The browser you are using is not supported by this website. All versions of Internet Explorer are no longer supported, either by us or Microsoft (read more here:

Please use a modern browser to fully experience our website, such as the newest versions of Edge, Chrome, Firefox or Safari etc.

Default user image.

Eero Lindholm

Associate professor

Default user image.

Variability in the CIITA gene interacts with HLA in multiple sclerosis.


  • A Gyllenberg
  • F Piehl
  • L Alfredsson
  • J Hillert
  • I L Bomfim
  • L Padyukov
  • Marju Orho-Melander
  • Eero Lindholm
  • Mona Landin-Olsson
  • Åke Lernmark
  • M Aili
  • L E Bååth
  • E Carlsson
  • H Edenwall
  • G Forsander
  • B W Granström
  • I Gustavsson
  • R Hanas
  • L Hellenberg
  • H Hellgren
  • E Holmberg
  • H Hörnell
  • Sten-A Ivarsson
  • C Johansson
  • G Jonsell
  • K Kockum
  • B Lindblad
  • A Lindh
  • J Ludvigsson
  • U Myrdal
  • Jan Neiderud
  • K Segnestam
  • S Sjö
  • L Skogsberg
  • L Strömberg
  • U Ståhle
  • B Thalme
  • K Tullus
  • T Tuvemo
  • M Wallensteen
  • O Westphal
  • J Aman
  • H Arnqvist
  • E Björck
  • J Eriksson
  • L Nyström
  • L O Ohlson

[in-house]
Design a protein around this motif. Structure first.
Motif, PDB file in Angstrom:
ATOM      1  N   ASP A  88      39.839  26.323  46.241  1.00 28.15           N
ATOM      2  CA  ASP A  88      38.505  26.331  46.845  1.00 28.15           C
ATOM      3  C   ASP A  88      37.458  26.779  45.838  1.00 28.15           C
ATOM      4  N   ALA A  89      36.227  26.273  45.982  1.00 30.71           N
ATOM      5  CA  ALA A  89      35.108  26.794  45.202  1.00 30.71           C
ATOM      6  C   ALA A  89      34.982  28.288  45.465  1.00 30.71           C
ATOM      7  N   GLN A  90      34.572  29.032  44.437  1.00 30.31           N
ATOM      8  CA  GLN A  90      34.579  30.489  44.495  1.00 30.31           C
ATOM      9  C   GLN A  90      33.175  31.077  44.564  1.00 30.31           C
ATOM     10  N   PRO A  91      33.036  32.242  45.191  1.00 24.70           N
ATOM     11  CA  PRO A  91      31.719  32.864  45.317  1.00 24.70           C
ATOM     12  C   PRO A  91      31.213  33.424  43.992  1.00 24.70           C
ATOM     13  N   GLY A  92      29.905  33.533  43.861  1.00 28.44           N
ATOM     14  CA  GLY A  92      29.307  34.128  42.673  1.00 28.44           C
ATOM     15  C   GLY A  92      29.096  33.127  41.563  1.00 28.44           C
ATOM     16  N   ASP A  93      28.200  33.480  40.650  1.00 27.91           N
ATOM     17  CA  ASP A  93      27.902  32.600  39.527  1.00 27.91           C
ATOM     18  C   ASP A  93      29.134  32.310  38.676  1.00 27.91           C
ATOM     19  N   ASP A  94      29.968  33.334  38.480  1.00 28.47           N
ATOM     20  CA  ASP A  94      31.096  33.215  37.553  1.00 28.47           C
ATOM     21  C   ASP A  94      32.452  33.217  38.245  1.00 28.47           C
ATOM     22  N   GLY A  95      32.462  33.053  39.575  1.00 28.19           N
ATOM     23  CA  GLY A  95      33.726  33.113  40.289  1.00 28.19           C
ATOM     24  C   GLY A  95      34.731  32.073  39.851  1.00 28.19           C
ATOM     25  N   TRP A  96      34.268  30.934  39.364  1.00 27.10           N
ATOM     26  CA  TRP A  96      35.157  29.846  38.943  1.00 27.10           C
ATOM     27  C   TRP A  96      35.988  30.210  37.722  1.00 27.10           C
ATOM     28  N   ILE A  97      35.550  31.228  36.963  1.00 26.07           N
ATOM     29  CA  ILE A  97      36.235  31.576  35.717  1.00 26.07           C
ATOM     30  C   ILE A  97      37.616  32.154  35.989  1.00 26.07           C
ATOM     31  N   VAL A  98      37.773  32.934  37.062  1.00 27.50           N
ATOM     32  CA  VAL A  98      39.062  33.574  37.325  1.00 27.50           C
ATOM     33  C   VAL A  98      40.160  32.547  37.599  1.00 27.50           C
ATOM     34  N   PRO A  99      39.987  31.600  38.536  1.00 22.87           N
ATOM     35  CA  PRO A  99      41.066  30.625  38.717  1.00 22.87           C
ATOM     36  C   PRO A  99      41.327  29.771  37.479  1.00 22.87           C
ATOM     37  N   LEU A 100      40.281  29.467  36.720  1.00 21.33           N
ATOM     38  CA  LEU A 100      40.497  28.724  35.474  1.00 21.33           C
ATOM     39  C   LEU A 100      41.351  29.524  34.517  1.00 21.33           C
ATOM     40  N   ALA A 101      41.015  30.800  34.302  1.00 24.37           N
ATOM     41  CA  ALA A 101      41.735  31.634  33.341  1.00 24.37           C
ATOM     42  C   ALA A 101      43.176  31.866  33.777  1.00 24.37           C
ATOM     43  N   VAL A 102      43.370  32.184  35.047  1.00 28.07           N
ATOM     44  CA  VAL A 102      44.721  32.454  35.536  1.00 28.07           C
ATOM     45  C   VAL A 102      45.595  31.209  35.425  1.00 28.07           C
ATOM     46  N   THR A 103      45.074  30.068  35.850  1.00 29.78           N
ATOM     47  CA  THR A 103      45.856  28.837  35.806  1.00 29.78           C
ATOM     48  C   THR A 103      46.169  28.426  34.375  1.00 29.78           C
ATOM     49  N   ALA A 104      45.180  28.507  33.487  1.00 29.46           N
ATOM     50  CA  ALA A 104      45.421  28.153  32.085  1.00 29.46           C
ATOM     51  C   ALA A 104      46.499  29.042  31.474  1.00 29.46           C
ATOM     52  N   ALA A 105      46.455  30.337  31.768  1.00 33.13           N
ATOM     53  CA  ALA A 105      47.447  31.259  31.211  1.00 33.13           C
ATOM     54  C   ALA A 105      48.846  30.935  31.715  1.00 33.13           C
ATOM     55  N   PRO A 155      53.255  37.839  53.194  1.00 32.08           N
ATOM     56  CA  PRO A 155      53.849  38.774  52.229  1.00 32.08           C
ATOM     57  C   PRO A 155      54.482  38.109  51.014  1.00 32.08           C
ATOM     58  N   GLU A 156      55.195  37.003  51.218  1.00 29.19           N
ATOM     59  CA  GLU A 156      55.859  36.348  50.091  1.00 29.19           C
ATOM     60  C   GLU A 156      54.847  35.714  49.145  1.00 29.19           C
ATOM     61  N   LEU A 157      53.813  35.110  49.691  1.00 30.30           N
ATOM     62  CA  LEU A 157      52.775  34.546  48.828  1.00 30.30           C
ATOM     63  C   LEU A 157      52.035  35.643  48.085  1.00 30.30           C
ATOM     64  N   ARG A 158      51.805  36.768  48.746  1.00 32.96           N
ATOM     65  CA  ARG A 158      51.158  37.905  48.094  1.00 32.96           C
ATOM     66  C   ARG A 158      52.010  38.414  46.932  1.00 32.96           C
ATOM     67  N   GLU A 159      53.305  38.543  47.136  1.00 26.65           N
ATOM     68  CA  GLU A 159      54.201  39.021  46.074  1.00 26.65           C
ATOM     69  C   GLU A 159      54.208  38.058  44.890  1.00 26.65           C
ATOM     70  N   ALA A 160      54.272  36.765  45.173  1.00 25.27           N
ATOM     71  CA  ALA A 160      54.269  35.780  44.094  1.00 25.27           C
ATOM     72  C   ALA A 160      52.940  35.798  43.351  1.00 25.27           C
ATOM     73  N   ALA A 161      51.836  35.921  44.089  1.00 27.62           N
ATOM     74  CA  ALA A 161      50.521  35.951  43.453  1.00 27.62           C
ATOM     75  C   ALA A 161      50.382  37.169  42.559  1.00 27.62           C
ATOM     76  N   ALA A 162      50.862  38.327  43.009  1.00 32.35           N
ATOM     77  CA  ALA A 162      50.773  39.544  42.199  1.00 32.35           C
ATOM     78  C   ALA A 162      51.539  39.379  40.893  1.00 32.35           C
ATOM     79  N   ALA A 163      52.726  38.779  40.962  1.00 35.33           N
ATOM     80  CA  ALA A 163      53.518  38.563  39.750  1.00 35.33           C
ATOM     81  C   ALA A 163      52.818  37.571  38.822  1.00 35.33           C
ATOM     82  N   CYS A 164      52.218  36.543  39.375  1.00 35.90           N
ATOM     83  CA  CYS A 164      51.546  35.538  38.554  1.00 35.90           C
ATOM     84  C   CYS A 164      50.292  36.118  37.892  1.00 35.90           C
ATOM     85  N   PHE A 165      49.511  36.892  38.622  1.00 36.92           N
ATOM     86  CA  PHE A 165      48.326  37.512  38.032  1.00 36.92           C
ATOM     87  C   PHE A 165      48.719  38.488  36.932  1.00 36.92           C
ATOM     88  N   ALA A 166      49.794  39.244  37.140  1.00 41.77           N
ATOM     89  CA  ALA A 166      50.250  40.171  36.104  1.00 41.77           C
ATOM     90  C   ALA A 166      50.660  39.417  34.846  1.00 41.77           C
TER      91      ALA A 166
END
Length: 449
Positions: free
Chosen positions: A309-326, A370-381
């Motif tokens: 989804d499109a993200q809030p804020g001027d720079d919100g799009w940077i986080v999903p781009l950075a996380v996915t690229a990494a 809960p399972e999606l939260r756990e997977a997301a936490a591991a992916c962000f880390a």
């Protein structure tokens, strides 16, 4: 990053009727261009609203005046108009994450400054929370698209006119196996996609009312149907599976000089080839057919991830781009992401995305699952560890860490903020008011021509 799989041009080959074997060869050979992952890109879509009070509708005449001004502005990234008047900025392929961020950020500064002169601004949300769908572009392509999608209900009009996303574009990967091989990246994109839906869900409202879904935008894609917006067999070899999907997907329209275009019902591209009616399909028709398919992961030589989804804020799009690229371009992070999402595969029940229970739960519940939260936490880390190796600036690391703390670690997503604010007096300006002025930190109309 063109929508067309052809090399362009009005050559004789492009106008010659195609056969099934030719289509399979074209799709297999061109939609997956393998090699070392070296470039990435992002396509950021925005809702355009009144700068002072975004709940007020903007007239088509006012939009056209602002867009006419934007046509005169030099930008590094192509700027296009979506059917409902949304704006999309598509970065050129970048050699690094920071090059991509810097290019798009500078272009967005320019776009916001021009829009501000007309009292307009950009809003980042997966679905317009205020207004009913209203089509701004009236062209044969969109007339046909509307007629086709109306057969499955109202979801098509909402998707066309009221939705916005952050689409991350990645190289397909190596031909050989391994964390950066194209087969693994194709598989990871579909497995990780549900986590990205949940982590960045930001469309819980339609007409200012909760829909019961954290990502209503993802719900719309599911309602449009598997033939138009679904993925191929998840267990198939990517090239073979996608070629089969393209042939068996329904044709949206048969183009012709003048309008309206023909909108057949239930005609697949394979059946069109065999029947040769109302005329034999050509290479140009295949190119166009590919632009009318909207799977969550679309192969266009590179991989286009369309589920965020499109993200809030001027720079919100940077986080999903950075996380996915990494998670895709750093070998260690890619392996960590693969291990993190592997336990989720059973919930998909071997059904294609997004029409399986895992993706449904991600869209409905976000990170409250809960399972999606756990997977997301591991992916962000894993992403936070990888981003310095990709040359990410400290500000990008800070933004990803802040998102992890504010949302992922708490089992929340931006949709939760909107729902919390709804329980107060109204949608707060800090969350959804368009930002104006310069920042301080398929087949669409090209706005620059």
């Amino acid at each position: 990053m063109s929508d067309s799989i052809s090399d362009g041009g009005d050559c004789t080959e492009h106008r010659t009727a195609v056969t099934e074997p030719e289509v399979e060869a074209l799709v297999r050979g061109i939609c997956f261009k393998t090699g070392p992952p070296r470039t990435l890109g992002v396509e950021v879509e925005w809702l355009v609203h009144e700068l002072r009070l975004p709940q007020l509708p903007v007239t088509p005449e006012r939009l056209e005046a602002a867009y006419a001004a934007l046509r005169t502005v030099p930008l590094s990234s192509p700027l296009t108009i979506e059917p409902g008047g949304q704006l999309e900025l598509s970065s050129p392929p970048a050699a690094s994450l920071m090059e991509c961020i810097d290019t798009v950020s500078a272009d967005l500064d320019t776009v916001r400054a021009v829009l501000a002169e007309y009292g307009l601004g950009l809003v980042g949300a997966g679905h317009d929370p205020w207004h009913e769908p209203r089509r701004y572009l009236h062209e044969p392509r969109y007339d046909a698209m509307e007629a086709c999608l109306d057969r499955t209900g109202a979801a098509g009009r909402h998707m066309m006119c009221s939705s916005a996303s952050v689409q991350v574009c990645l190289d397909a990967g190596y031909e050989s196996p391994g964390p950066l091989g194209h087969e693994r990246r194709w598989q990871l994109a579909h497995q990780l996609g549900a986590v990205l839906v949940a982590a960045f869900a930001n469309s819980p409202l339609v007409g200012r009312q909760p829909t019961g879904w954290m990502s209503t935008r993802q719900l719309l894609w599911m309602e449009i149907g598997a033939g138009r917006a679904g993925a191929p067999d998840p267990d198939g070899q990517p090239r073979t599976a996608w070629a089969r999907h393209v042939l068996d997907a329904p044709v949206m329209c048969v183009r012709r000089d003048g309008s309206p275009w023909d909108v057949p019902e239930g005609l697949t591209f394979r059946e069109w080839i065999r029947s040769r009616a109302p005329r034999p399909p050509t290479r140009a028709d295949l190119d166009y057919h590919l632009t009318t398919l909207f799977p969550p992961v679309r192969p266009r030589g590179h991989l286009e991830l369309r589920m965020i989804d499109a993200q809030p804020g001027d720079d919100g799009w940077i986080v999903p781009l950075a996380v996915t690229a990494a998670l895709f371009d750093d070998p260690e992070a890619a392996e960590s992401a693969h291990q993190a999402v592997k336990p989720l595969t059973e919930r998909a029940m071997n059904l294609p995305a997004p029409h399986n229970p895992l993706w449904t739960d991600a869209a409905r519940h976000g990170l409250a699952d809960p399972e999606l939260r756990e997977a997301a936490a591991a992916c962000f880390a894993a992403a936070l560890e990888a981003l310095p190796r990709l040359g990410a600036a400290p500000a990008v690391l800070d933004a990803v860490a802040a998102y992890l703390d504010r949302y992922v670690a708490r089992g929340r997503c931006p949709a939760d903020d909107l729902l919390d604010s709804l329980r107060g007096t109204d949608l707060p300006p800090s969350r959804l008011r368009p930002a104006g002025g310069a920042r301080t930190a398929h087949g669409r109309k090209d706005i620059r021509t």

• B Scherstén
  • J Ostman
  • T Olsson
  • I Kockum

Summary, in English

The human leukocyte antigen (HLA) is the main genetic determinant of multiple sclerosis (MS) risk. Within the HLA, the class II HLA-DRB1*15:01 allele exerts a disease-promoting effect, whereas the class I HLA-A*02 allele is protective. The CIITA gene is crucial for expression of class II HLA molecules and has previously been found to associate with several autoimmune diseases, including MS and type 1 diabetes. We here performed association analyses with CIITA in 2000 MS cases and up to 6900 controls as well as interaction analysis with HLA. We find that the previously investigated single-nucleotide polymorphism rs4774 is associated with MS risk in cases carrying the HLA-DRB1*15 allele (P=0.01, odds ratio (OR): 1.21, 95% confidence interval (CI): 1.04-1.40) or the HLA-A*02 allele (P=0.01, OR: 1.33, 95% CI: 1.07-1.64) and that these associations are independent of the adjacent confirmed MS susceptibility gene CLEC16A. We also confirm interaction between rs4774 and HLA-DRB1*15:01 such that individuals carrying the risk allele for rs4774 and HLA-DRB1*15:01 have a higher than expected risk for MS. In conclusion, our findings support previous data that variability in the CIITA gene affects MS risk, but also that the effect is modulated by MS-associated HLA haplotypes. These findings further underscore the biological importance of HLA for MS risk.Genes and Immunity advance online publication, 16 January 2014; doi:10.1038/gene.2013.71.


  • Diabetes - Cardiovascular Disease
  • Department of Clinical Sciences, Malmö
  • Medicine, Lund
  • Celiac Disease and Diabetes Unit
  • EXODIAB: Excellence of Diabetes Research in Sweden
  • EpiHealth: Epidemiology for Health

Publishing year







Genes and Immunity





Document type

Journal article


Nature Publishing Group


  • Endocrinology and Diabetes



Research group

  • Diabetes - Cardiovascular Disease
  • Diabetes and Celiac Unit


  • ISSN: 1476-5470